At level one, the defendant can face up to $4,000 in fines and anywhere from 30 days to 2 years in prison. The 30-day jail sentence may be reduced to a 10-day sentence if you abstain from alcohol for 120 days. Wearing a continuous alcohol monitoring ankle bracelet is also part of the plan to prove your abstinence.
You will also be ordered not to drive until the DMV returns your driver’s license. You will also have to complete an alcohol treatment program.
Level A1 Sentencing
Level A1 sentencing faces up to a $10,000 fine and 1-3 years in prison. To lessen the minimum of 1 year in prison, the judge may allow you to complete 120 days of alcohol abstinence. You would need to wear a continuous alcohol monitoring bracelet as part of the requirement.
Level 2 Sentencing
Level 2 sentencing includes a punishment of seven days to one year in prison and up to a $2,000 fine. A judge may also allow you to complete 90 days of alcohol abstinence to avoid going to jail. A continuous alcohol monitoring ankle bracelet must be worn for the duration.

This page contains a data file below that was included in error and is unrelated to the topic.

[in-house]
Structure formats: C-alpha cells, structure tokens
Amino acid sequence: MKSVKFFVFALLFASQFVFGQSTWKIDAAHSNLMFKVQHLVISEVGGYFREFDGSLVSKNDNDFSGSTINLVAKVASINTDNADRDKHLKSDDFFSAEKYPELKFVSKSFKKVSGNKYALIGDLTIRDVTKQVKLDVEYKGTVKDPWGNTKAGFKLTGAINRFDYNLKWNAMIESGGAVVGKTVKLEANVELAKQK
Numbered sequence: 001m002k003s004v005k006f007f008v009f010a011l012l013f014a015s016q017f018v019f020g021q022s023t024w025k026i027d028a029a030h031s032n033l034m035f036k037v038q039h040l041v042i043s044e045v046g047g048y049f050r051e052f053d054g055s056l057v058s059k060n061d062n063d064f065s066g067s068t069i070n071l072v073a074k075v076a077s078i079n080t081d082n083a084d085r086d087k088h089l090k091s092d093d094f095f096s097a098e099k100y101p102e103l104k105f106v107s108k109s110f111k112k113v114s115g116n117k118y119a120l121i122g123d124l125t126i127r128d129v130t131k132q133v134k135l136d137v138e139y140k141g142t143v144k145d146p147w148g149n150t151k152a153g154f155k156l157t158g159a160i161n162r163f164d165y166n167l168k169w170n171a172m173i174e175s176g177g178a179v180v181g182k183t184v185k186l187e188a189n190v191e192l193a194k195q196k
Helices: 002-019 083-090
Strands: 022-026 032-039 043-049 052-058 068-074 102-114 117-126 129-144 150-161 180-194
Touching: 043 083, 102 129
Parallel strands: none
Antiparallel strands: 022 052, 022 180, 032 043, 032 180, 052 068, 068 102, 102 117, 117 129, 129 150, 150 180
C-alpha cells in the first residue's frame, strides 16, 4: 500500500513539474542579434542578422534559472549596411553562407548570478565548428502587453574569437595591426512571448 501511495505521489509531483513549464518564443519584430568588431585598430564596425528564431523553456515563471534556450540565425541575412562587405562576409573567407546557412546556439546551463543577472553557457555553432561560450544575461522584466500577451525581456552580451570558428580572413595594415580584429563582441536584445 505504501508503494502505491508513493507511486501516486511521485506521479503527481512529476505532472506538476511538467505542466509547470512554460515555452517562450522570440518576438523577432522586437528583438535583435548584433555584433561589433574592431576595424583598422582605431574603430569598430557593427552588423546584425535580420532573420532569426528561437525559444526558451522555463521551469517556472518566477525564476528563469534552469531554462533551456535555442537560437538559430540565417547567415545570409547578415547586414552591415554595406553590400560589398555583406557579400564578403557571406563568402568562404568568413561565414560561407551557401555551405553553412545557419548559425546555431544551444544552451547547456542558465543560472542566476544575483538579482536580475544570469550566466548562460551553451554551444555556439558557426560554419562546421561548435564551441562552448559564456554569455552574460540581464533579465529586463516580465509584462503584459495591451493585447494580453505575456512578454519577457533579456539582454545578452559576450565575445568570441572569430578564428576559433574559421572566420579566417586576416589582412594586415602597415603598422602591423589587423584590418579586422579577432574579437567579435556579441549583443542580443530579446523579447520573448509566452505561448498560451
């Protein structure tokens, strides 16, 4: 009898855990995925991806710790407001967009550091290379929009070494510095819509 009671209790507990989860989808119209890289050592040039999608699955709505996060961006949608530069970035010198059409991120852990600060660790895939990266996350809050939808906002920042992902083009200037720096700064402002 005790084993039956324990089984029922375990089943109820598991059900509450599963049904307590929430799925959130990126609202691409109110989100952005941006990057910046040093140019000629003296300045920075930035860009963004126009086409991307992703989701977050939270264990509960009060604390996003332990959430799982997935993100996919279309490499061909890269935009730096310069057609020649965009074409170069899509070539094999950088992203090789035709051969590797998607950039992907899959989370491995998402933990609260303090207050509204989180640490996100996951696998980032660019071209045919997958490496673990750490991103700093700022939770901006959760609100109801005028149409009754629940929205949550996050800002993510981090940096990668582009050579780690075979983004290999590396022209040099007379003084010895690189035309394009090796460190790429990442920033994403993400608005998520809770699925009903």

You will also lose your license and will have to complete an alcohol treatment program to regain your driving privileges.
Level 3 Sentencing
At a Level 3 DWI conviction, there is a fine of up to $1,000 and 72 hours to six months in prison. The judge may suspend the sentence if you are imprisoned for at least 72 hours as a condition of special probation or if you perform at least 72 hours of community service.
Level 4 Sentencing
Level 4 penalties include a fine of up to $500 and 48 hours to 120 days of jail time. You may have your jail term suspended if you are imprisoned for at least 48 hours as a condition of special probation or if you perform at least 48 hours of community service.
Level 5 Sentencing
As the least severe charge, a level 5 DWI in North Carolina carries a punishment of up to a $200 fine and 24 hours to 60 days in jail.
The judge may suspend the jail term if you are behind bars for at least 24 hours as a condition of special probation or if you have performed at least 24 hours of community service.
Your vehicle will be impounded for 10 days when you are first charged with a DWI. You will also have to pay to have your vehicle released. You will have a revoked license for a minimum of 30 days, until the pre-trial hearing. Your attorney can petition for limited driving privileges after 10 days of the DWI charge.
What is a DWI level 5 in NC?
As mentioned above, a Level five DWI is the least serious offense. But it can still come with significant penalties and consequences. A Level 5 DWI means the person was driving with too much alcohol or an impairing drug in their system, but the incident didn’t result in any aggravating or mitigating factors, or the mitigating factors outweighed the aggravating factors. An aggravating factor can refer to many different circumstances such as: